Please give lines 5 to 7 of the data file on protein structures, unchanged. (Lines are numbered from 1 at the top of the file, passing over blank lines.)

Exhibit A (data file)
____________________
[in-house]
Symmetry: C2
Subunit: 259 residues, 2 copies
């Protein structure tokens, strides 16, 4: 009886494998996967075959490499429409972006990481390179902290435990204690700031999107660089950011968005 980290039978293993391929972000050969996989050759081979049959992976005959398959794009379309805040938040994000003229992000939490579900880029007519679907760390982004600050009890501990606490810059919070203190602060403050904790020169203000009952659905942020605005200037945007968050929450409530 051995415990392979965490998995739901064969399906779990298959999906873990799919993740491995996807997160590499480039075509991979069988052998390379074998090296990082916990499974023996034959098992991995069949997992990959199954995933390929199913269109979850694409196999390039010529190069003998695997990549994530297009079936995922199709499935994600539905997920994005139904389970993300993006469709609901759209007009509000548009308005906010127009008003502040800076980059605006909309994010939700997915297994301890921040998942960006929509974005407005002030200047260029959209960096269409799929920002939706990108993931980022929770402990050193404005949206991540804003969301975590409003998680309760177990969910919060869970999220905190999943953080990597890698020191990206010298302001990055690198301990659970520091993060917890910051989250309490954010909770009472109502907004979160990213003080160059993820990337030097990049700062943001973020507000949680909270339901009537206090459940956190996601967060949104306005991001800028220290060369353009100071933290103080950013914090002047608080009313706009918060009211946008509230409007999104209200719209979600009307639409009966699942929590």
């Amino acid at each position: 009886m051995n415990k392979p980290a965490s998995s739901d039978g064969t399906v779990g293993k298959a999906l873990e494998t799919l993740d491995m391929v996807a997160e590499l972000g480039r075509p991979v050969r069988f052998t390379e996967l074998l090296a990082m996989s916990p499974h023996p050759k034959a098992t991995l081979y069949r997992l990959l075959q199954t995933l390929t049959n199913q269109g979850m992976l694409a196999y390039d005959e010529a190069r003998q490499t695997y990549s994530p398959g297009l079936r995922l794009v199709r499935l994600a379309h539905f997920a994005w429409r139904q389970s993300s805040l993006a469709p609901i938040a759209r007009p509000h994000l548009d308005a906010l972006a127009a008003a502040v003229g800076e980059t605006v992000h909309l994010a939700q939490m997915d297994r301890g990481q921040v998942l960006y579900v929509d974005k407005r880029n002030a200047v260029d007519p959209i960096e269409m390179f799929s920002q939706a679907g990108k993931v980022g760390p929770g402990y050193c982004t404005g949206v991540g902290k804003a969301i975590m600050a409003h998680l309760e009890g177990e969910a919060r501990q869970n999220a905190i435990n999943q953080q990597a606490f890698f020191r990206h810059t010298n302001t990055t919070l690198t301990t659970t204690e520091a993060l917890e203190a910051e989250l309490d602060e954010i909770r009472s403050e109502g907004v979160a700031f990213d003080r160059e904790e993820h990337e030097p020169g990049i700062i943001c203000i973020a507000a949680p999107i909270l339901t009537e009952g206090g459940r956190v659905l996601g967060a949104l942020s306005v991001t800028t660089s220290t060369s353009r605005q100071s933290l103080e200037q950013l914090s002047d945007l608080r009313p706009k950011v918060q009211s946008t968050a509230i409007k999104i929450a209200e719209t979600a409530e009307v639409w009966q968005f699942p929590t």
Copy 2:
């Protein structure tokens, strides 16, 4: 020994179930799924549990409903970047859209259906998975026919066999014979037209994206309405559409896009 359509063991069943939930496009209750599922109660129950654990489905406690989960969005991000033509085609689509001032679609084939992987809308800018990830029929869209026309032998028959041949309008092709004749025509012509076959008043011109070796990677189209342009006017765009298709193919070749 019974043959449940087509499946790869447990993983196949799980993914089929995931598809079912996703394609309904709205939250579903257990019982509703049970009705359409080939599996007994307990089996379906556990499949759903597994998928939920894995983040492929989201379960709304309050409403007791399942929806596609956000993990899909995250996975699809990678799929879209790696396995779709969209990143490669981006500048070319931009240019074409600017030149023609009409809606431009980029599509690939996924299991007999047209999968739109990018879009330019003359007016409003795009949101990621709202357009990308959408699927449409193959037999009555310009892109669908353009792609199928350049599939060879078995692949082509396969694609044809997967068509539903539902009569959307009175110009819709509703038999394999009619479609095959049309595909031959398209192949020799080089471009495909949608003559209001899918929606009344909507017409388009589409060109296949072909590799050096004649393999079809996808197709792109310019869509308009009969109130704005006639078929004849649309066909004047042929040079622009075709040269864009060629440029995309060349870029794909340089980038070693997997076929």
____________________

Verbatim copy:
């Amino acid at each position: 009886m051995n415990k392979p980290a965490s998995s739901d039978g064969t399906v779990g293993k298959a999906l873990e494998t799919l993740d491995m391929v996807a997160e590499l972000g480039r075509p991979v050969r069988f052998t390379e996967l074998l090296a990082m996989s916990p499974h023996p050759k034959a098992t991995l081979y069949r997992l990959l075959q199954t995933l390929t049959n199913q269109g979850m992976l694409a196999y390039d005959e010529a190069r003998q490499t695997y990549s994530p398959g297009l079936r995922l794009v199709r499935l994600a379309h539905f997920a994005w429409r139904q389970s993300s805040l993006a469709p609901i938040a759209r007009p509000h994000l548009d308005a906010l972006a127009a008003a502040v003229g800076e980059t605006v992000h909309l994010a939700q939490m997915d297994r301890g990481q921040v998942l960006y579900v929509d974005k407005r880029n002030a200047v260029d007519p959209i960096e269409m390179f799929s920002q939706a679907g990108k993931v980022g760390p929770g402990y050193c982004t404005g949206v991540g902290k804003a969301i975590m600050a409003h998680l309760e009890g177990e969910a919060r501990q869970n999220a905190i435990n999943q953080q990597a606490f890698f020191r990206h810059t010298n302001t990055t919070l690198t301990t659970t204690e520091a993060l917890e203190a910051e989250l309490d602060e954010i909770r009472s403050e109502g907004v979160a700031f990213d003080r160059e904790e993820h990337e030097p020169g990049i700062i943001c203000i973020a507000a949680p999107i909270l339901t009537e009952g206090g459940r956190v659905l996601g967060a949104l942020s306005v991001t800028t660089s220290t060369s353009r605005q100071s933290l103080e200037q950013l914090s002047d945007l608080r009313p706009k950011v918060q009211s946008t968050a509230i409007k999104i929450a209200e719209t979600a409530e009307v639409w009966q968005f699942p929590t």
Copy 2:
């Protein structure tokens, strides 16, 4: 020994179930799924549990409903970047859209259906998975026919066999014979037209994206309405559409896009 359509063991069943939930496009209750599922109660129950654990489905406690989960969005991000033509085609689509001032679609084939992987809308800018990830029929869209026309032998028959041949309008092709004749025509012509076959008043011109070796990677189209342009006017765009298709193919070749 019974043959449940087509499946790869447990993983196949799980993914089929995931598809079912996703394609309904709205939250579903257990019982509703049970009705359409080939599996007994307990089996379906556990499949759903597994998928939920894995983040492929989201379960709304309050409403007791399942929806596609956000993990899909995250996975699809990678799929879209790696396995779709969209990143490669981006500048070319931009240019074409600017030149023609009409809606431009980029599509690939996924299991007999047209999968739109990018879009330019003359007016409003795009949101990621709202357009990308959408699927449409193959037999009555310009892109669908353009792609199928350049599939060879078995692949082509396969694609044809997967068509539903539902009569959307009175110009819709509703038999394999009619479609095959049309595909031959398209192949020799080089471009495909949608003559209001899918929606009344909507017409388009589409060109296949072909590799050096004649393999079809996808197709792109310019869509308009009969109130704005006639078929004849649309066909004047042929040079622009075709040269864009060629440029995309060349870029794909340089980038070693997997076929």